Just before 2 am on February 28, 2022, after a night partying in upper Manhattan, Edgar Valette, 39, got into his BMW to drive two friends—Kimberly Martinez, 28, and Michael Santos, 30—home.
Careening southbound down the Henry Hudson Parkway, he lost control of his vehicle, vaulting over a barrier onto train tracks 500 feet below. The driver and passengers died.
Ten weeks later, just before midnight on May 18, 30-year-old Alwayne Hylton lost control of his own speeding BMW on the elevated Bruckner Expressway in the southwest Bronx, plummeting to the roadway below to his death.
Not long after that crash, on May 26, just before 7 pm, also in the Bronx, an unnamed 25-year-old man sent his Mercedes hurtling off the New England Thruway, landing on the street below; he, too, perished.
Also in May, a 36-year-old man rode his motorcycle down the West Side Highway; as the sun rose, he slammed into a median barrier, dying on impact.
Weeks later, in Queens, a 28-year-old man crashed his motorcycle “at a high rate of speed” down the Utopia Parkway into a brick wall, with the same fatal results.
Since the arrival of COVID in March 2020, traffic deaths in New York City have skyrocketed. And not just in New York. Much like with spiraling homicides and drug overdoses, traffic deaths have surged across the nation. In the first five months of 2022, 93 people died in traffic crashes in New York City — down slightly from last year, but 12 percent above pre-Covid levels.
The rise in traffic fatalities is a particular blow to former mayor Bill de Blasio, who made traffic safety a centerpiece of his time in office. As a candidate in 2013, he promised to build upon the double-digit fatality reductions of his predecessors, Michael R. Bloomberg and Rudolph W. Giuliani.
Yet the bad raw numbers hide some successes. Crucial upgrades such as dedicated lanes for pedestrians and cyclists as well as speed controls for cars and trucks drivers have reduced pedestrian fatalities over the past decade.
Who, then, is perishing now in greater numbers? The victims fit the profile of those killed in the car crashes noted above: Young men, both drivers and passengers — often speeding and often late at night. New York’s increase in traffic deaths mirrors its (and the nation’s) broader public-safety problem: the self-destructive and dangerous behavior of a young-male demographic. As with the recent explosion in violent crime, young adult and older teen males are taking advantage of a law-enforcement vacuum that lets them get away with ever more antisocial behavior—until it kills them or someone else.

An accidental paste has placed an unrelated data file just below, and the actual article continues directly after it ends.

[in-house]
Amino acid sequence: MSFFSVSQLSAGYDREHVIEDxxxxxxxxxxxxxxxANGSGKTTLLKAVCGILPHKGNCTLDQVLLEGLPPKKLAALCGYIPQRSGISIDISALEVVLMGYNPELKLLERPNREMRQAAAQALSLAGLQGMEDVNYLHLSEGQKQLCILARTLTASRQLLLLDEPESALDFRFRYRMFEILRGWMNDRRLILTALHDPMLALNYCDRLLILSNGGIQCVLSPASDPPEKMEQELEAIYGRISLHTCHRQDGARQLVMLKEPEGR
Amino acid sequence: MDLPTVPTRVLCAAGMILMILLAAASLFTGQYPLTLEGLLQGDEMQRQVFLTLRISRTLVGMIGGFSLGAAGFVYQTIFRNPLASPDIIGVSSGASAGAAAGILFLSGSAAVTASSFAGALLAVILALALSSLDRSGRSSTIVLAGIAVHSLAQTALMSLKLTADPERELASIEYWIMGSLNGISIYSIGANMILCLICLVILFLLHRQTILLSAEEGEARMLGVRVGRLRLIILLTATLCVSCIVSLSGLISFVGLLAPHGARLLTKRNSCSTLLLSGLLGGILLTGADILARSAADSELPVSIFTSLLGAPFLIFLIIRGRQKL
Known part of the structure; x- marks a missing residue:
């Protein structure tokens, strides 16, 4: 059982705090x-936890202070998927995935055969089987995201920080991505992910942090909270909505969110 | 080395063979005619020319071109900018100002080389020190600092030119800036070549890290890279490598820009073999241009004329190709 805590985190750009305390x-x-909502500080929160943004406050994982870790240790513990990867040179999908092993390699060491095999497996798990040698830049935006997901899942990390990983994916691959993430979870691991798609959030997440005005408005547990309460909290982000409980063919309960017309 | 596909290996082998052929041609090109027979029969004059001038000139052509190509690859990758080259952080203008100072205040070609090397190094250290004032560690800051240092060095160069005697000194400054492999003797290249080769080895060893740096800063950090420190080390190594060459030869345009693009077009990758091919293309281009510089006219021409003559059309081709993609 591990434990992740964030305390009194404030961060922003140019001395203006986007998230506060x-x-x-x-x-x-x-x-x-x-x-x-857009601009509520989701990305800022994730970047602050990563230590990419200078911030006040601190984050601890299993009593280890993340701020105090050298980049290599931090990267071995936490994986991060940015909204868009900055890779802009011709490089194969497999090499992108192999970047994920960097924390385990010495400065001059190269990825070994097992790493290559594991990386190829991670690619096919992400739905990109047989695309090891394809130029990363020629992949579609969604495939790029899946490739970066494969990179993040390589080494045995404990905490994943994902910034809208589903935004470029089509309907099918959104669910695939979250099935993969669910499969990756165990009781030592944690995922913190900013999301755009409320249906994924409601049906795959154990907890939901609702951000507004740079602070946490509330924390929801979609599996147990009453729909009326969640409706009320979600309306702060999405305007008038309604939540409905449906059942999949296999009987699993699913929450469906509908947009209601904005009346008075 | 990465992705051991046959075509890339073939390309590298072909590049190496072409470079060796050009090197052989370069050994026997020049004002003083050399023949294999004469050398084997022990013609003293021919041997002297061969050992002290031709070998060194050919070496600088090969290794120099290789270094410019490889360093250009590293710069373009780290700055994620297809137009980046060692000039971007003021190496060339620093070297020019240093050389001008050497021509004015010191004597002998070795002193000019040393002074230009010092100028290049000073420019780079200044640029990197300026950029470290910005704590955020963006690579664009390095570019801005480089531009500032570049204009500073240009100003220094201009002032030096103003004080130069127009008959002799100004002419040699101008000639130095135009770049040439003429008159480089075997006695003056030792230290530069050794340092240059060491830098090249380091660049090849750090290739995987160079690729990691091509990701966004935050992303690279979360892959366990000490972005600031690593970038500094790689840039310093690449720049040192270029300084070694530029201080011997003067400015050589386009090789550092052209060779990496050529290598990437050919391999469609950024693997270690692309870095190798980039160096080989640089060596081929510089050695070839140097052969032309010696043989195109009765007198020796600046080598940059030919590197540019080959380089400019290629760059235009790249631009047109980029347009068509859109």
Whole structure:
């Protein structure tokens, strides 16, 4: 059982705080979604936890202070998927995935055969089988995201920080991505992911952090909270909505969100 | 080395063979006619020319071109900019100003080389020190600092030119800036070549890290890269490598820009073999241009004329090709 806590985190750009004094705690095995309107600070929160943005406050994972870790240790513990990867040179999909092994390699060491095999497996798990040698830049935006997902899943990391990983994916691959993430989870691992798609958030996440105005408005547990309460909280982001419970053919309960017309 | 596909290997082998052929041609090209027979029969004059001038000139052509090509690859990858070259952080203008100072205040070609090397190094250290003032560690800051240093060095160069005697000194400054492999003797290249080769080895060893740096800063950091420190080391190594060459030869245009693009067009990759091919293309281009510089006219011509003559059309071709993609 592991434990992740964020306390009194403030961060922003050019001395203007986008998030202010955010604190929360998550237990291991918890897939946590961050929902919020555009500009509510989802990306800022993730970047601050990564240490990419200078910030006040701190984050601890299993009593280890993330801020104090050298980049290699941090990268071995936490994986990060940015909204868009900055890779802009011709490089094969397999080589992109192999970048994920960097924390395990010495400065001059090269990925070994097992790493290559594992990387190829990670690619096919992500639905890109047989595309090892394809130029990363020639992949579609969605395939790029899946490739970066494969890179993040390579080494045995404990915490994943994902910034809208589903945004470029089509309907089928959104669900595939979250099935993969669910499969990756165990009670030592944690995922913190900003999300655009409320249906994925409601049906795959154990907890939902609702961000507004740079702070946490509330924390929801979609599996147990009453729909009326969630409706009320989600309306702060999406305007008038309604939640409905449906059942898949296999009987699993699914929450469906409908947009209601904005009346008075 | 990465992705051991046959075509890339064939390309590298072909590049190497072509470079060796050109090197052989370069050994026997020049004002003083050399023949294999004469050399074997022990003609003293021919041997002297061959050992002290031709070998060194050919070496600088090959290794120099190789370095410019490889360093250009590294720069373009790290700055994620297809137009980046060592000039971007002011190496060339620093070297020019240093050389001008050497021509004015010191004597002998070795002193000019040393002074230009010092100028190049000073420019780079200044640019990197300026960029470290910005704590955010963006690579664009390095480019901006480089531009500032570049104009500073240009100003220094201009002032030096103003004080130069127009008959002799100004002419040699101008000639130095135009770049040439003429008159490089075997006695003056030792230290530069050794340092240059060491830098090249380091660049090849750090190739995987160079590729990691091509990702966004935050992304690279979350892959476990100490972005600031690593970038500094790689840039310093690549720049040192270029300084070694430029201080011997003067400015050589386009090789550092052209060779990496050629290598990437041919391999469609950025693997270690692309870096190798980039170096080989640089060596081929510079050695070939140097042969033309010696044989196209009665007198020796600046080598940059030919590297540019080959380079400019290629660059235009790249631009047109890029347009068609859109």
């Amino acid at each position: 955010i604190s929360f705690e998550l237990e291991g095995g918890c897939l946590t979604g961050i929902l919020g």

It’s never been a secret that male drivers—particularly, young male drivers—are responsible for most traffic deaths. A 2010 city study found that “80 percent of pedestrian [fatal or serious] crashes involve male drivers.” The gender breakdown hasn’t changed much of late. Men were behind the wheel in 81.4 percent of fatal crashes in 2021 and 2022.
The other risk factor, though, has grown even riskier: young drivers.
In 2020, drivers under 30 were in 100 fatal crashes, up 42.9 percent from 2017 and 2019. In 2021, the trend, though reduced somewhat, continued, with young males responsible for 83 fatal crashes, or 28.2 percent of the total, according to my analysis of data maintained by the Institute for Traffic Safety Management and Research
Bad drivers, like other antisocial actors, have proved since 2020 that they’re not going to control themselves. But the Adams administration has taken some welcome steps to do so. Most importantly, the mayor realizes that traffic violence and violent crime go together. “I’m sending a clear message that this city is not going to be a city of disorder,” he said in May, and “vehicle crashes” are a sign of “a city of disorder.” The mayor will revive the Giuliani-era TrafficStat program, pinpointing locations where “people are speeding, driving fast, reckless[ly] driving” for stepped-up police enforcement. The city will also continue to install speed bumps, new intersection designs that slow traffic with raised markings, and additional bike lanes.
This spring, the city successfully lobbied the state legislature to allow it to keep its speed cameras on 24 hours daily. But cameras can’t make up for the human enforcement pullback, especially since, as The City news site reports, drivers are increasingly using bogus or obscured license plates to evade cameras. Police officers must stop drivers with such plates.
Repeat dangerous drivers, including the tens of thousands whose vehicles rack up five or more speed-camera violations yearly, should face consequences. Before he allegedly killed infant Apolline Mong-Guillemin in her baby carriage in September 2021, Mott’s vehicle had racked up 91 speed-camera tickets, the Streetsblog reported. Cops had repeatedly pulled him over, and the state had suspended his license. But Mott kept driving. Similarly, Michael de Guzman, who allegedly drunkenly hit and killed New York University student Raife Milligan in May 2022, had four speeding violations on his vehicle in just five months. But both still drove with impunity.
To stop such drivers, Adams should revive the other Giuliani-era program and seize the vehicles of New York’s most reckless drivers. “If you get arrested for reckless driving to the point where we charge you with a misdemeanor, we’re going to take your automobile from you,” Giuliani said in 2000. “And we’re going to take it from you . . . because it’ll remind you that this is important. This kills people. It also kills you.” Twenty-two years later, his words are more relevant than ever.
Nicole Gelinas is a senior fellow at the Manhattan Institute and contributing editor of City Journal, from which this piece is adapted.